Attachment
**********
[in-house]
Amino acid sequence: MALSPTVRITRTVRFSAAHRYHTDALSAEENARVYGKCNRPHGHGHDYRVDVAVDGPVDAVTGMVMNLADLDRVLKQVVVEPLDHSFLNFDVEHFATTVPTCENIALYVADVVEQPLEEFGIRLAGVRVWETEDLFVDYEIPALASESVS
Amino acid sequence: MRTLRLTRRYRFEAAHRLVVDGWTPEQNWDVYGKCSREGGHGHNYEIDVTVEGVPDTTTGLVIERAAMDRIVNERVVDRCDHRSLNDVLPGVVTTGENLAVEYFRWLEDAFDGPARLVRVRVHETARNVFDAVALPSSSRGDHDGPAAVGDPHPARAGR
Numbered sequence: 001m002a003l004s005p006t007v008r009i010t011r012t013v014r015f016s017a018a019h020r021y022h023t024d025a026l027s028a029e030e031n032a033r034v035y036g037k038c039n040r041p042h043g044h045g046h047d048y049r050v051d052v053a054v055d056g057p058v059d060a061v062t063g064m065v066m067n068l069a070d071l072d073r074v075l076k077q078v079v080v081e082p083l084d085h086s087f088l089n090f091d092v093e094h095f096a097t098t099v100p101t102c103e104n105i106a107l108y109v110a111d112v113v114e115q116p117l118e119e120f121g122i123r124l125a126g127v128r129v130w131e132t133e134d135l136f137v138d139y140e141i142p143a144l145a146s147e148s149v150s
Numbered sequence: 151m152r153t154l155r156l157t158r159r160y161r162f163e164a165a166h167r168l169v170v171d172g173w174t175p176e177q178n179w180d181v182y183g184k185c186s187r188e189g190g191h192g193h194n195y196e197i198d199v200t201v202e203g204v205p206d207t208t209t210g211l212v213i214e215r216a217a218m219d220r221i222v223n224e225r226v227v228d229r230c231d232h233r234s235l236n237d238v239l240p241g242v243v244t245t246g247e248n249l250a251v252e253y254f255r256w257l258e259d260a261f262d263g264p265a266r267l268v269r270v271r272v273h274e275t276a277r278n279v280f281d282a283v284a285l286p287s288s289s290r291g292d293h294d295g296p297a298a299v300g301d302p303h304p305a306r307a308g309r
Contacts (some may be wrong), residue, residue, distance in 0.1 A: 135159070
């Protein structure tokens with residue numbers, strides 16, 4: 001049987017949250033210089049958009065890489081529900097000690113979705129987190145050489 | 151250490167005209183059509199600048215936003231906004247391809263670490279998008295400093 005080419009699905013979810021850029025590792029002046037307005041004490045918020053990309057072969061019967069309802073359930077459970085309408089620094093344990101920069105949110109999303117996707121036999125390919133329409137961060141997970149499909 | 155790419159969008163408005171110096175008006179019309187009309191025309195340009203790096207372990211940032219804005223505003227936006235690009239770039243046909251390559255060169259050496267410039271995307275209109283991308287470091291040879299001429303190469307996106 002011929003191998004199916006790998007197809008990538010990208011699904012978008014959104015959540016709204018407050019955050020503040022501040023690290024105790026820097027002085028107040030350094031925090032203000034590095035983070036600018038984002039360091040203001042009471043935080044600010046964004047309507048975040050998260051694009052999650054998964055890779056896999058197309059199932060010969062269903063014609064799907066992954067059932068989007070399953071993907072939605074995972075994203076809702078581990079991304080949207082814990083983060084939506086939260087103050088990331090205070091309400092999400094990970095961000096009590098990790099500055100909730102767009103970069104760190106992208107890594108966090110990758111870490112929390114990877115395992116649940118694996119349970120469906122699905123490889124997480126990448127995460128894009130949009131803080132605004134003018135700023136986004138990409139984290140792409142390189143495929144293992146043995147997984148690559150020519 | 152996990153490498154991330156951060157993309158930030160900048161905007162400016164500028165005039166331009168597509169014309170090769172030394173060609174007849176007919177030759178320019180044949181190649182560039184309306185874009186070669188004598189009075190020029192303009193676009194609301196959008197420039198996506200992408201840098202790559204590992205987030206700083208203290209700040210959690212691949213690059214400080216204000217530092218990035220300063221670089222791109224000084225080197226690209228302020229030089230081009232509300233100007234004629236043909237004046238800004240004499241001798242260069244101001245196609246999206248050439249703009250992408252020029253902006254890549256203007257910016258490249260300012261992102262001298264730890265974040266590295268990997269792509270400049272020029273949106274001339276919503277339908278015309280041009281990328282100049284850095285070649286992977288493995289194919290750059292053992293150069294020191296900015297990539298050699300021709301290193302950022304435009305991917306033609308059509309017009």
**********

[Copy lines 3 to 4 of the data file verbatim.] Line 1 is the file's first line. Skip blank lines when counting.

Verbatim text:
Amino acid sequence: MRTLRLTRRYRFEAAHRLVVDGWTPEQNWDVYGKCSREGGHGHNYEIDVTVEGVPDTTTGLVIERAAMDRIVNERVVDRCDHRSLNDVLPGVVTTGENLAVEYFRWLEDAFDGPARLVRVRVHETARNVFDAVALPSSSRGDHDGPAAVGDPHPARAGR
Numbered sequence: 001m002a003l004s005p006t007v008r009i010t011r012t013v014r015f016s017a018a019h020r021y022h023t024d025a026l027s028a029e030e031n032a033r034v035y036g037k038c039n040r041p042h043g044h045g046h047d048y049r050v051d052v053a054v055d056g057p058v059d060a061v062t063g064m065v066m067n068l069a070d071l072d073r074v075l076k077q078v079v080v081e082p083l084d085h086s087f088l089n090f091d092v093e094h095f096a097t098t099v100p101t102c103e104n105i106a107l108y109v110a111d112v113v114e115q116p117l118e119e120f121g122i123r124l125a126g127v128r129v130w131e132t133e134d135l136f137v138d139y140e141i142p143a144l145a146s147e148s149v150s